The Hermitage Ruins, Ancaster, Ontario (Haunted Place)

The Hermitage Ruins

Ancaster, Ontario

Tel: 1 (905) 529-4327

Website : www. hauntedhamilton. com/ local_hermitage. html

From the depths of the Dundas Valley emerges a beautiful tale of love lost at the Hermitage Ruins in Ancaster, Ontario. The town itself is very rich in history and is the third oldest community in Ontario, the other two being Kinston and Niagara-on-the-Lake. The land surrounding the Hermitage Ruins have been connected with much folklore and legend, and people from all over Canada have heard the stories that surround this historic site. Disembodied voices are said to be heard by the sensitive visitor. If you listen very carefully, you can hear the death all around you. Some say that pain, suffering, sadness, and death echo forever like a lost soul trapped in time.

The first owner of this alluring land was Reverend George Sheed of Presbyterian faith, who came to Ancaster in 1830. He bought the land that same year and had a small, humble home built soon after. The home was then sold to Colonel Otto Ives, who immigrated to Canada from Greece as a result of eloping with the daughter of a high-ranking dignitary. Along with them, they brought her niece. Twenty-two years later, the land was sold to George Leith, who financed the building of a new two-story mansion on the property. The house was then bought by his youngest daughter, Alma Dick-Lauder, who continued to live on the property until 1942—even after several fires devastated the home to its current state of ruins. The ruins were eventually transferred over to the City of Hamilton, and plans were made to secure the falling stones and preserve it as a tourist attraction.


The Hermitage, along with the strip of road called Lover’s Lane, has its own elusive and enduring ghost story. In the late 1800s, a coachman named William Black lived on the property and caught the eye of Colonel Otto Ives’s niece. A torrid love affair blossomed between the two, and when William Black approached her uncle to ask permission to marry his niece, Otto Ives became enraged and denied it. The coachman, distressed and heartbroken, headed to the back of the property and hung himself from the wooden rafters of the carriage house. When Otto Ives found William’s dangling body, he immediately cut it down and buried it at a nearby crossroads, which is now known as Lover’s Lane. To this day, local lore states that on the night of a full moon, you can catch a glimpse of William Black walking between the carriage house and the ruins, calling out and grieving for his lost love.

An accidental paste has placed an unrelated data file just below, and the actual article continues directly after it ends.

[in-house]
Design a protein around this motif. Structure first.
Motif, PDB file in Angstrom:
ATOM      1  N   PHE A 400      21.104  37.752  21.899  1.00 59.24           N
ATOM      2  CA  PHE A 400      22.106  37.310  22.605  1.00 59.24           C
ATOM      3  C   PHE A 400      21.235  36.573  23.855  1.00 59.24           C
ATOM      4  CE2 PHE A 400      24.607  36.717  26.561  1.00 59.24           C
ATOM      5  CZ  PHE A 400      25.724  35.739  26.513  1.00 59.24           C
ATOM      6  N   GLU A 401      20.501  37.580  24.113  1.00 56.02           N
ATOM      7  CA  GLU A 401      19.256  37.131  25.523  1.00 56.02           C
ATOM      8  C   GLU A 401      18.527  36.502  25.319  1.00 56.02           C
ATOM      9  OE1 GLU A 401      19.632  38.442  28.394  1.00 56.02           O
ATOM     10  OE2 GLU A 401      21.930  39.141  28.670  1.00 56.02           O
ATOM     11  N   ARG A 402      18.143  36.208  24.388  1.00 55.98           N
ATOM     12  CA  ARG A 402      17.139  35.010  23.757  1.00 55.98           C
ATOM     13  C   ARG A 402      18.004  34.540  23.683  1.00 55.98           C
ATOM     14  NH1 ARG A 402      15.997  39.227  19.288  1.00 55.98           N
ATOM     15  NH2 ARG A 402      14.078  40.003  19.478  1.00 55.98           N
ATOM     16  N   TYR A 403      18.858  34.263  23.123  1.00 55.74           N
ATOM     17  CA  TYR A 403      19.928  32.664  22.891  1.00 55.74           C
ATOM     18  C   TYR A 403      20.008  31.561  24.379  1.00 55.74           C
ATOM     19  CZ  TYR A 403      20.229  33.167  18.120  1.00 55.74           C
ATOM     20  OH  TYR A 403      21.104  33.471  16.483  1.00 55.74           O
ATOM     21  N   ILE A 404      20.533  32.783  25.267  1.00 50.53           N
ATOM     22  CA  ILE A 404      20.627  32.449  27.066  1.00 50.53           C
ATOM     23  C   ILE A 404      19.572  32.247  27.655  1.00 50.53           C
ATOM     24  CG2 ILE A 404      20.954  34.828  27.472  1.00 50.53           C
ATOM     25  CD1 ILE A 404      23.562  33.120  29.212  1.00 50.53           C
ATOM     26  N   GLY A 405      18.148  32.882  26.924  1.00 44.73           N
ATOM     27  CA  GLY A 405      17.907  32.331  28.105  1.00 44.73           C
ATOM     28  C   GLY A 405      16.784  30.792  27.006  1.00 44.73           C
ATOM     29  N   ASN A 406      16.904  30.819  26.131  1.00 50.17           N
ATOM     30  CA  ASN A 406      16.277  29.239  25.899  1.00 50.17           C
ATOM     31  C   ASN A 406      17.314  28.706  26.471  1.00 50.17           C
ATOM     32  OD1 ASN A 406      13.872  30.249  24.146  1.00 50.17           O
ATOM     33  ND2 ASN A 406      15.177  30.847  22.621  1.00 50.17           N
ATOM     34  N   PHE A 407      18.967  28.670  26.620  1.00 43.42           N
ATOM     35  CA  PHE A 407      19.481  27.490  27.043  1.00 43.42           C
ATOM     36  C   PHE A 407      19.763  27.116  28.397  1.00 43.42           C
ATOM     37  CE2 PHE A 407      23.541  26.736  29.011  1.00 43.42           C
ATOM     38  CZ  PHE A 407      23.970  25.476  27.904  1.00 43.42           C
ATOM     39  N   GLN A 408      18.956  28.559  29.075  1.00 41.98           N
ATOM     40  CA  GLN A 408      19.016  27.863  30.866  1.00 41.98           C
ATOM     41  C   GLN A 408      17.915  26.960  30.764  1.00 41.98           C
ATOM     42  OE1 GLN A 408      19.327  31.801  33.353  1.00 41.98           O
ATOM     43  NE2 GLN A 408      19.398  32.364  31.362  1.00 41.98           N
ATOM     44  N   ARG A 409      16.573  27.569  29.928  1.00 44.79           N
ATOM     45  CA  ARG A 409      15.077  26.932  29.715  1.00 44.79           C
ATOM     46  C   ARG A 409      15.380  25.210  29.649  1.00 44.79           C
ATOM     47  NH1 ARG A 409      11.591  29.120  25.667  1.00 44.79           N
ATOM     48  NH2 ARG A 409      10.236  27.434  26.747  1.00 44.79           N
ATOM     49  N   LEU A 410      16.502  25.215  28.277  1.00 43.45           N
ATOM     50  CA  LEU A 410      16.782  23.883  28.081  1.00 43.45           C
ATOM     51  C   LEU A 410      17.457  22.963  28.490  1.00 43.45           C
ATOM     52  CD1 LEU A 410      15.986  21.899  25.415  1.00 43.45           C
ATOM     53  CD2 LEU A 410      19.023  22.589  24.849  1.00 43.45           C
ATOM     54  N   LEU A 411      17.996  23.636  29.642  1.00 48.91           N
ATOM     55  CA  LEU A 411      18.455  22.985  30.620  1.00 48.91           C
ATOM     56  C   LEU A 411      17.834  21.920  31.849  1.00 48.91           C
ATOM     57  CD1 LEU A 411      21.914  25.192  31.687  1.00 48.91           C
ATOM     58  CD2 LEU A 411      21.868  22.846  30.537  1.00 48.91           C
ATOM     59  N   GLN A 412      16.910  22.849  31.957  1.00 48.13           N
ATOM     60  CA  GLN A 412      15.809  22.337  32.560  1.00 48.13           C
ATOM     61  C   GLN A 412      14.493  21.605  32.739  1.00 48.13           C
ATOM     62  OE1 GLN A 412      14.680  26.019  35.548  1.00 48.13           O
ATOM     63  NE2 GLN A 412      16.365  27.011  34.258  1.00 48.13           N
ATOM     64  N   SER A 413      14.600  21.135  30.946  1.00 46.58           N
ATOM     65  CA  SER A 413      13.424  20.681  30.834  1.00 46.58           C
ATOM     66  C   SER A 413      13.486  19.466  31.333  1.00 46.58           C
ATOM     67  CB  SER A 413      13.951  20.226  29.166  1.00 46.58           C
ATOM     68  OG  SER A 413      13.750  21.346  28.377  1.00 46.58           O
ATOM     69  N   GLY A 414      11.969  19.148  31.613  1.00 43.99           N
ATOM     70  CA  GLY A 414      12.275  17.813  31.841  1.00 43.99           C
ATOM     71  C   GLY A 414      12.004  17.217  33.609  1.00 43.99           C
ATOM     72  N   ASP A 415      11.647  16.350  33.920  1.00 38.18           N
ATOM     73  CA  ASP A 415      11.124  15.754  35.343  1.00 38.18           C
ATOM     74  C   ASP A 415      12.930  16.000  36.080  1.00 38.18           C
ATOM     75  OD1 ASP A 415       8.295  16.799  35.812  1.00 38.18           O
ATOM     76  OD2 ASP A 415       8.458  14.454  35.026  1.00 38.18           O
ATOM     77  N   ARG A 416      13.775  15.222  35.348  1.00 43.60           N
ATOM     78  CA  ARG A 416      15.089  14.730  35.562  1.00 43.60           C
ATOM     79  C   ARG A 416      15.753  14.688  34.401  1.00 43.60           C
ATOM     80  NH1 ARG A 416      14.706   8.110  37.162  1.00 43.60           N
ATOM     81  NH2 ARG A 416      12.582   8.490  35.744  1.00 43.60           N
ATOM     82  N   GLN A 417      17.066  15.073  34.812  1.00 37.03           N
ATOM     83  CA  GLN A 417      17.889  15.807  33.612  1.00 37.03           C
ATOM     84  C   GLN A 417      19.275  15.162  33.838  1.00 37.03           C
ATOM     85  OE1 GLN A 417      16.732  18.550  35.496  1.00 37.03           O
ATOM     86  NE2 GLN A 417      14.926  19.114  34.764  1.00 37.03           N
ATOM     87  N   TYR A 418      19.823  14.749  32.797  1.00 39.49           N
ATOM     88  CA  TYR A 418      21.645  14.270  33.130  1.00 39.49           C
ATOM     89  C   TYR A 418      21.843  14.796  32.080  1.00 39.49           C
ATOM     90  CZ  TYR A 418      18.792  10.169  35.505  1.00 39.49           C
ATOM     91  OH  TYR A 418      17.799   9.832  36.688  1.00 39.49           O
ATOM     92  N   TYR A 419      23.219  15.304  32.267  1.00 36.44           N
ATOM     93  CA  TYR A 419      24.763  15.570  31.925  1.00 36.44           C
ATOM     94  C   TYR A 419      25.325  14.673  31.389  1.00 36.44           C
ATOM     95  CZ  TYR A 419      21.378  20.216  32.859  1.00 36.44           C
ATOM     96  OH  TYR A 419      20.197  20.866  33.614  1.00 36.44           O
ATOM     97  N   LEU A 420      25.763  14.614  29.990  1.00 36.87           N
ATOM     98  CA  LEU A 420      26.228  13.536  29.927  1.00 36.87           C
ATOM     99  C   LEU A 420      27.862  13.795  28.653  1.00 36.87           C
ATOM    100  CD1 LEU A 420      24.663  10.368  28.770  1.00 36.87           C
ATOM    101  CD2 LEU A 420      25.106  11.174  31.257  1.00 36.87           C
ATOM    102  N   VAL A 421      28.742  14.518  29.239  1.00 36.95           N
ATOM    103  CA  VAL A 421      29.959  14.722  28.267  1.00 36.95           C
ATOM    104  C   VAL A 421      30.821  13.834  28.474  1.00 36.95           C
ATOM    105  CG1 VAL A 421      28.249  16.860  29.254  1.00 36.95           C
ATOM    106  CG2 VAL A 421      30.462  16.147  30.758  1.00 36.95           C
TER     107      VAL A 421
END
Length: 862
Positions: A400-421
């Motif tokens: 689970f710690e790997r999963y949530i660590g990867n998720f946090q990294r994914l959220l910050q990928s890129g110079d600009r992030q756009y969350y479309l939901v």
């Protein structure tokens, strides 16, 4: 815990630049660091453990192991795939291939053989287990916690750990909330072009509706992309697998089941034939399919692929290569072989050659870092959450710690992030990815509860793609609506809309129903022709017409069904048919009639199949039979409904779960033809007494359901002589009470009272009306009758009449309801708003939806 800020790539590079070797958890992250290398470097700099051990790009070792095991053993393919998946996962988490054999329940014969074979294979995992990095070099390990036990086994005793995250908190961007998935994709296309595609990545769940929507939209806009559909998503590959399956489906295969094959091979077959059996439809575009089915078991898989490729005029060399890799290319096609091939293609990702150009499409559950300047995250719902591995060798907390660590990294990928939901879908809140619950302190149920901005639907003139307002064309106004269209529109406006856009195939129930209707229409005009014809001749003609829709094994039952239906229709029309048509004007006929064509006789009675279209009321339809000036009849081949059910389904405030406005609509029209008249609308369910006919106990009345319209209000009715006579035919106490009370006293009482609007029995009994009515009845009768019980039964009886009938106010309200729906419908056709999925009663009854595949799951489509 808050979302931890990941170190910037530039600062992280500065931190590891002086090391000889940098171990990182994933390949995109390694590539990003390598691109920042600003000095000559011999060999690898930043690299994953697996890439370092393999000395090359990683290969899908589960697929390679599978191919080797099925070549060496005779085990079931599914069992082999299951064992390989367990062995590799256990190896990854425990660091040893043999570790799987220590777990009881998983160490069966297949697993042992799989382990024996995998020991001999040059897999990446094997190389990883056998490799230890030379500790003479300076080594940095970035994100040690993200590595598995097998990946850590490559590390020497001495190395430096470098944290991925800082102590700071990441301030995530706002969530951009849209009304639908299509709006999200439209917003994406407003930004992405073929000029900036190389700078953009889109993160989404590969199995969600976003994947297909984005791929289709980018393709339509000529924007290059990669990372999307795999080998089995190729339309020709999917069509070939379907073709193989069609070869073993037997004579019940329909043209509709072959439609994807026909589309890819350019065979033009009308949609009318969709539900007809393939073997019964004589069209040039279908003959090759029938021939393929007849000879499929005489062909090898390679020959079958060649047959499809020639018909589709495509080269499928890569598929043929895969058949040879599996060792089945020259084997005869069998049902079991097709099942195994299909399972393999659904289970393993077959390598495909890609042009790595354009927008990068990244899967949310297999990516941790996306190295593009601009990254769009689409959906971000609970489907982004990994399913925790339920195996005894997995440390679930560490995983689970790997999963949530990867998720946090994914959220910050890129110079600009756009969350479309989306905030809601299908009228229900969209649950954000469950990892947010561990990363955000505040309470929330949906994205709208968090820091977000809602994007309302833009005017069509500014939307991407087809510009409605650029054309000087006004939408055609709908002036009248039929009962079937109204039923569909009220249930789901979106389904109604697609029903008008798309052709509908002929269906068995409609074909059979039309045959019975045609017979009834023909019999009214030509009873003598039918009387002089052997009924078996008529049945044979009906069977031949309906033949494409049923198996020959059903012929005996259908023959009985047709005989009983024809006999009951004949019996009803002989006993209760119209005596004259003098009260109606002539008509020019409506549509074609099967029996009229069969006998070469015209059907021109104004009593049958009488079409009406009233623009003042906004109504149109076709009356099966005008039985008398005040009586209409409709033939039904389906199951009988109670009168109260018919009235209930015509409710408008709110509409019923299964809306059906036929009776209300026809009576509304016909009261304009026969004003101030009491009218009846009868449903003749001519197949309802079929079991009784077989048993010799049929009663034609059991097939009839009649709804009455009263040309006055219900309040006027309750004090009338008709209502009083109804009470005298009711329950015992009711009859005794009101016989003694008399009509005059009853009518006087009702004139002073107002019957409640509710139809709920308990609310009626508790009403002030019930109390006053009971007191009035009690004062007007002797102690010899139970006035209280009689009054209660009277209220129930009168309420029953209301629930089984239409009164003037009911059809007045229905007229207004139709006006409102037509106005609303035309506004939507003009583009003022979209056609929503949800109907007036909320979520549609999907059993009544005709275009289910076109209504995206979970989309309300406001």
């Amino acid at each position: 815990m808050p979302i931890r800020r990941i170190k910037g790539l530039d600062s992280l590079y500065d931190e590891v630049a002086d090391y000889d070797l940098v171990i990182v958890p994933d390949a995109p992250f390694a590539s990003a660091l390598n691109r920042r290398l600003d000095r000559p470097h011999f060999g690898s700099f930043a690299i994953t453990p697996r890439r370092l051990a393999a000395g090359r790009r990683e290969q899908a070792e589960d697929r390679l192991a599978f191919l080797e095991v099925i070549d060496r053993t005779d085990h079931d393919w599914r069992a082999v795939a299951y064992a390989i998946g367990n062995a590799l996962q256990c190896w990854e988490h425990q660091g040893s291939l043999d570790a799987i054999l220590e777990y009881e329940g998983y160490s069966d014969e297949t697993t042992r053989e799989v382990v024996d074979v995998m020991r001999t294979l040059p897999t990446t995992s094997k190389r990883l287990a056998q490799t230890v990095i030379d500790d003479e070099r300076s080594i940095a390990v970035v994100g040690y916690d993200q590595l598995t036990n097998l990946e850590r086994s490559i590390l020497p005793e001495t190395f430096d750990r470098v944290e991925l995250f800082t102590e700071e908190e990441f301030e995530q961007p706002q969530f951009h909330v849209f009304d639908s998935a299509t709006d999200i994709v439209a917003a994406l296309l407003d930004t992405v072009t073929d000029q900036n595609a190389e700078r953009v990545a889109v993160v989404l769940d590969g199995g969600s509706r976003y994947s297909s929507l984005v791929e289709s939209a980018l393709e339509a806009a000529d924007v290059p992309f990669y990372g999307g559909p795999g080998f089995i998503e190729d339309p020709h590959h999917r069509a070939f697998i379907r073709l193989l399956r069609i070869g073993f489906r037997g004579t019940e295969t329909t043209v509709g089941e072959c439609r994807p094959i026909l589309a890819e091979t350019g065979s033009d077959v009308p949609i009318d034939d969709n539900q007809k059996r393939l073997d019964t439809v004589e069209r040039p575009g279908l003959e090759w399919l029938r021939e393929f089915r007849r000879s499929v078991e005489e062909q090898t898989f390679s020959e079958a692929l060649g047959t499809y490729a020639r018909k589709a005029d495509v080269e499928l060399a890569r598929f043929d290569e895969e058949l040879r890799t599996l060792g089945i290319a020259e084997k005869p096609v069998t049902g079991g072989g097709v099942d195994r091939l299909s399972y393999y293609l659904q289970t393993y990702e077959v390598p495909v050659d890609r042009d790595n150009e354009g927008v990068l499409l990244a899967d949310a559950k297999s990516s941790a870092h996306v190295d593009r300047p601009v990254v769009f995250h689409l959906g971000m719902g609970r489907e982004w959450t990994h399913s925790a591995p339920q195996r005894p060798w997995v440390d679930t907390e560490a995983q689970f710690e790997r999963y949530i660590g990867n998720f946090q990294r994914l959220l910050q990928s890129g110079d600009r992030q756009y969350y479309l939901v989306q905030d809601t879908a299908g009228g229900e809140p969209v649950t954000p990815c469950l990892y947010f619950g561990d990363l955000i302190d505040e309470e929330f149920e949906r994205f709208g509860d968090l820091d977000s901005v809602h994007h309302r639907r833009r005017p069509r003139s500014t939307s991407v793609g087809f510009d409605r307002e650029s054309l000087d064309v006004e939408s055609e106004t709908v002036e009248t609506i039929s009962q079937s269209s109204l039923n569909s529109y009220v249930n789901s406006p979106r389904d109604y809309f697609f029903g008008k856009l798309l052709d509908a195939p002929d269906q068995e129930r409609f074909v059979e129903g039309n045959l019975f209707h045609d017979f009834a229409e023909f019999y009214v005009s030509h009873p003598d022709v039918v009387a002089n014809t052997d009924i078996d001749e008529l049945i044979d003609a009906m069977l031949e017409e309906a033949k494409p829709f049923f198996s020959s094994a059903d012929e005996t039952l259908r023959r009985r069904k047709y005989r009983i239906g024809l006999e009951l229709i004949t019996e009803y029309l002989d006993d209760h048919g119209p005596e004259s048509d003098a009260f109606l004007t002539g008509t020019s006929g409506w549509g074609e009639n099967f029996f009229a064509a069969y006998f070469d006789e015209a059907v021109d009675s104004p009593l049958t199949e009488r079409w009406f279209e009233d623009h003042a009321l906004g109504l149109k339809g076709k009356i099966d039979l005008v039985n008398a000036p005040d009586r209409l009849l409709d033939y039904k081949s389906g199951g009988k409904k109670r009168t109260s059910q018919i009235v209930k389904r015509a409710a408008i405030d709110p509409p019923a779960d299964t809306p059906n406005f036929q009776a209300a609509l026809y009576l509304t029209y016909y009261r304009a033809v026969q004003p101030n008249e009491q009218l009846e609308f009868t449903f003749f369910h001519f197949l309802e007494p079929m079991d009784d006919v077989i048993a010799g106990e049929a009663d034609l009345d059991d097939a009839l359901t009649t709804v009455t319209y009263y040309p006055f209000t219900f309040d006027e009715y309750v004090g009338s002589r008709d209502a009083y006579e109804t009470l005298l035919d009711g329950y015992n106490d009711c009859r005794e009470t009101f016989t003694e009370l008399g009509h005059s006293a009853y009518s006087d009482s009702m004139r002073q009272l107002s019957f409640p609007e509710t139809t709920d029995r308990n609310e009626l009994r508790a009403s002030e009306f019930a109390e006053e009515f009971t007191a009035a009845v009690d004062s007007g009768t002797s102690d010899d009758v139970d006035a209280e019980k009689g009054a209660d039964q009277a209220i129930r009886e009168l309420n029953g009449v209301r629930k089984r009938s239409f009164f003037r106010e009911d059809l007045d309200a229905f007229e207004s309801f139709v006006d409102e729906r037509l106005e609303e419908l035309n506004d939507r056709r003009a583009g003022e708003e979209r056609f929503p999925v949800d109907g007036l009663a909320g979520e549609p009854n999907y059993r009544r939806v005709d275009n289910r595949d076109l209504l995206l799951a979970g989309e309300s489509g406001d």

Glowing corpses that sink into the ground, a woman walking on a no-longer-existing second floor of the building, and seeing the ruins of the mansion completely back to its former glory—glowing candlelight and all—are only a few of the reported sightings that haunt this obscure land. Founding Partner of Haunted Hamilton Daniel Cumerlato believes he experienced firsthand the ghosts of William Black and his beloved, walking as dark silhouettes, arm in arm, toward the trees, then vanishing into thin air. Ghost walks are conducted regularly at this location, where you can hear many more haunted tales on eerie, moonlit nights. Perhaps you might want to partake in them one evening—unless, of course, you’re afraid of the shadows that lurk in the trees!

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